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Nathan Lane will reprise the role of Nathan Detroit in a one-night-only Carnegie Hall concert on April 3 of Guys and Dolls, with Megan Mullally, Patrick Wilson and Sierra Boggess also set to star.
The beloved Frank Loesser musical, based on Damon Runyon’s short stories about gangsters, gamblers and other denizens of the New York underworld, will be staged as a special benefit for Carnegie Hall’s artistic and music education programs. Three-time Tony-winner Jack O’Brien (currently in previews with a Broadway production of Macbeth, starring Ethan Hawke) will direct the concert.
Lane earned his first Tony nomination playing the role of the gambling boss in the hit 1992 Broadway revival of Guys and Dolls. He subsequently won twice for lead actor in a musical, for A Funny Thing Happened on the Way to the Forum and The Producers.
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Mullally, whose last musical role on Broadway was in Mel Brooks’ Young Frankenstein in 2007, will play Miss Adelaide, the nightclub performer desperate to tie the knot with the reluctant Nathan.
Wilson, who starred on Broadway in the musicals The Full Monty and Oklahoma before branching into film and television, is cast as high-stakes player Sky Masterson. And Boggess, seen on Broadway in The Phantom of the Opera, The Little Mermaid and Master Class, will play Sarah Brown, the Christian missionary who catches Sky’s eye.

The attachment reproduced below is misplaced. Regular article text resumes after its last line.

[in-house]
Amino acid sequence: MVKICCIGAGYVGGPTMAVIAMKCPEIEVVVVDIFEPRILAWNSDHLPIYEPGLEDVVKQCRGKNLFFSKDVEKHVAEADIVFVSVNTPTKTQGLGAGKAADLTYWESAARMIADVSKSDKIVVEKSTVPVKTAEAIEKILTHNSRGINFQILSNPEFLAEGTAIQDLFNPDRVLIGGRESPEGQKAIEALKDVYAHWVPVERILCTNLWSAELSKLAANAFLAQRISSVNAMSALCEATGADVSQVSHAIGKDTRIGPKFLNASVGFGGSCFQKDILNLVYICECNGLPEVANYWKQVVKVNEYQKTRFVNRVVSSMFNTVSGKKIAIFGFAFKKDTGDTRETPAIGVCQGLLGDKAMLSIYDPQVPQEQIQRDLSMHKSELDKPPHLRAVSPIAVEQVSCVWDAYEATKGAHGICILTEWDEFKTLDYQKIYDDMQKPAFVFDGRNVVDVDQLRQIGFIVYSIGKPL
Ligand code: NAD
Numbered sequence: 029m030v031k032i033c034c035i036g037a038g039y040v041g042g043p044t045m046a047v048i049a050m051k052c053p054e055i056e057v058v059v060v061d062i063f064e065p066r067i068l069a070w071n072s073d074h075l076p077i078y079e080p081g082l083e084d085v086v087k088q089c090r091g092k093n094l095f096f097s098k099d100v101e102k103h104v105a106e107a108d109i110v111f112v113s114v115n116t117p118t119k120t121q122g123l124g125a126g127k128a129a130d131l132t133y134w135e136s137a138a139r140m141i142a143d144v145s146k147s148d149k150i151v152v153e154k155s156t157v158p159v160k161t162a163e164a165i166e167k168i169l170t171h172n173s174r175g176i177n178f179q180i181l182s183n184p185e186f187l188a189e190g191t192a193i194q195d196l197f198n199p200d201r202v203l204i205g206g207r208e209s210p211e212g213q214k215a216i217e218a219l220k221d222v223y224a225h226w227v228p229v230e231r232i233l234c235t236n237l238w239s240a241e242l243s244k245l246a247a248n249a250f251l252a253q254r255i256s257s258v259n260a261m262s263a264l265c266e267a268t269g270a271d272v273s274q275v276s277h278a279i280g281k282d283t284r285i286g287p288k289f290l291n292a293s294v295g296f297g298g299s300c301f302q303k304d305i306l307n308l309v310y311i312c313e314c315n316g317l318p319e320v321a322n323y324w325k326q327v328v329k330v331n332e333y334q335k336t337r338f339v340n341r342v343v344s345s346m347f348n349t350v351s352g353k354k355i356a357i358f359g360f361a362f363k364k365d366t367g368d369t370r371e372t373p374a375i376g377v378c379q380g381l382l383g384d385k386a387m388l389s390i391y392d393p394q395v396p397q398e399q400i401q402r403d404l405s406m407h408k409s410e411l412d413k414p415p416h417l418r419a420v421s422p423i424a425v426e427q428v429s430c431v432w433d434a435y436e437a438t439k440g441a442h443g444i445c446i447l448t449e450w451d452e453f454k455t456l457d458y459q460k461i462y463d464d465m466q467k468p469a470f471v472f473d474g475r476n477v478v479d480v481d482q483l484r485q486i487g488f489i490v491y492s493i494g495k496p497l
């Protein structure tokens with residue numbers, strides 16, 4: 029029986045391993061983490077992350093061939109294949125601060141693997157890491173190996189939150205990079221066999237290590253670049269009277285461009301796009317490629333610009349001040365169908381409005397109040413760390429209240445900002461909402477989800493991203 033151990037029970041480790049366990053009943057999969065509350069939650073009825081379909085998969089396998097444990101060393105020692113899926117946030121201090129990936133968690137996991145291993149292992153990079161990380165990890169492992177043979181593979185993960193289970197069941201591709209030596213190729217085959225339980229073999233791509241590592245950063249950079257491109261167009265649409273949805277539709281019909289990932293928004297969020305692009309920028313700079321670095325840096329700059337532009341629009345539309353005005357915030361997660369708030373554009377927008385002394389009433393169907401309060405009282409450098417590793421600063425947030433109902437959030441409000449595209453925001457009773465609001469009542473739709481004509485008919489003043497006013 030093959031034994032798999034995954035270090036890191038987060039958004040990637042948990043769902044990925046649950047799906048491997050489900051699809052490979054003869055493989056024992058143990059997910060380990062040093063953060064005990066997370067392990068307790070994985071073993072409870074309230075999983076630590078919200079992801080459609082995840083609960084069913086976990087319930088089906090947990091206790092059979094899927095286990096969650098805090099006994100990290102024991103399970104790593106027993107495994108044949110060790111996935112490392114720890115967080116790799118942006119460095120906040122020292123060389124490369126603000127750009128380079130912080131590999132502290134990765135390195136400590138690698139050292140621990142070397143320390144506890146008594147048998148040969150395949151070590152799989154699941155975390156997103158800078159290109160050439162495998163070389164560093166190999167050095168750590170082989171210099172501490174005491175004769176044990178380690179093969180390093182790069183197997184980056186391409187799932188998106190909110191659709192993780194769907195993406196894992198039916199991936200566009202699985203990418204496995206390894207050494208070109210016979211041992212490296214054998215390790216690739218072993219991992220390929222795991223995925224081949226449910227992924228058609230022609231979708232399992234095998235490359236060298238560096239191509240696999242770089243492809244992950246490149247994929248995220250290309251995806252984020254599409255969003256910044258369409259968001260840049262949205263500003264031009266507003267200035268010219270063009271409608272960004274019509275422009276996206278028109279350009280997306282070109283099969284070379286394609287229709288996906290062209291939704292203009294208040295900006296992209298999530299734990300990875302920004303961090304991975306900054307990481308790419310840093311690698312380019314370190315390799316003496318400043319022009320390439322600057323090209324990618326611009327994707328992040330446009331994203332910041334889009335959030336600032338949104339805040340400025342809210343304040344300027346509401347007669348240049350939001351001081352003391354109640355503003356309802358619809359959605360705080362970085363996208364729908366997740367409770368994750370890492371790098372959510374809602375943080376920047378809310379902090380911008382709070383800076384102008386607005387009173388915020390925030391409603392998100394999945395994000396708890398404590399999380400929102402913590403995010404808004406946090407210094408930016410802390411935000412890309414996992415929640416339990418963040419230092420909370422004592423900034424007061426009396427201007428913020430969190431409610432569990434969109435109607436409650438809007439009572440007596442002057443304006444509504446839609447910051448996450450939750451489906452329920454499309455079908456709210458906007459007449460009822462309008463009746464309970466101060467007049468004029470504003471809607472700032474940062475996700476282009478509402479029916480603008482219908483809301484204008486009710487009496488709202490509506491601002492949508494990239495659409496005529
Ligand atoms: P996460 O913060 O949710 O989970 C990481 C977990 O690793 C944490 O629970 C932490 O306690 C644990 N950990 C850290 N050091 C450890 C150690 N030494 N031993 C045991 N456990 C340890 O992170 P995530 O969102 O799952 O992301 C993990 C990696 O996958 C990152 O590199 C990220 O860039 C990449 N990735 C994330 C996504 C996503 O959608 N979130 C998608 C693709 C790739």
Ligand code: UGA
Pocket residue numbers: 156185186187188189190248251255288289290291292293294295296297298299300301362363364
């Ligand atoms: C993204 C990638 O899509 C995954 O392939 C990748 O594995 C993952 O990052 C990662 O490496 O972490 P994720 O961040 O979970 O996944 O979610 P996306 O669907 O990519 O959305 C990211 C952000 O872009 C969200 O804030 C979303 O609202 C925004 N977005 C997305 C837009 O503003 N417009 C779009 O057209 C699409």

Additional cast for the concert staging is to be announced. Rob Fisher will serve as music director and conductor of the Orchestra of St. Luke’s, with Joshua Bergasse as choreographer.
One of the most popular shows in the American musical-theater canon, Guys and Dolls includes such songs as “A Bushel and a Peck,” “I’ll Know,” “Take Back Your Mink,” “If I Were a Bell,” “Luck Be a Lady” and “Sit Down, You’re Rockin’ the Boat.” In addition to Loesser’s classic score, it features a book by Abe Burrows and Jo Swerling.
Since the original 1950 production, which ran for three years, the musical has been produced in three major Broadway revivals. Fox is reported to be developing a remake of the property, which was first adapted for the screen in 1955, with Marlon Brando, Jean Simmons and Frank Sinatra.
the anger that goes along with it and the desperation and stuff like that. You’ve got to start at 60 miles an hour. It takes its toll.”
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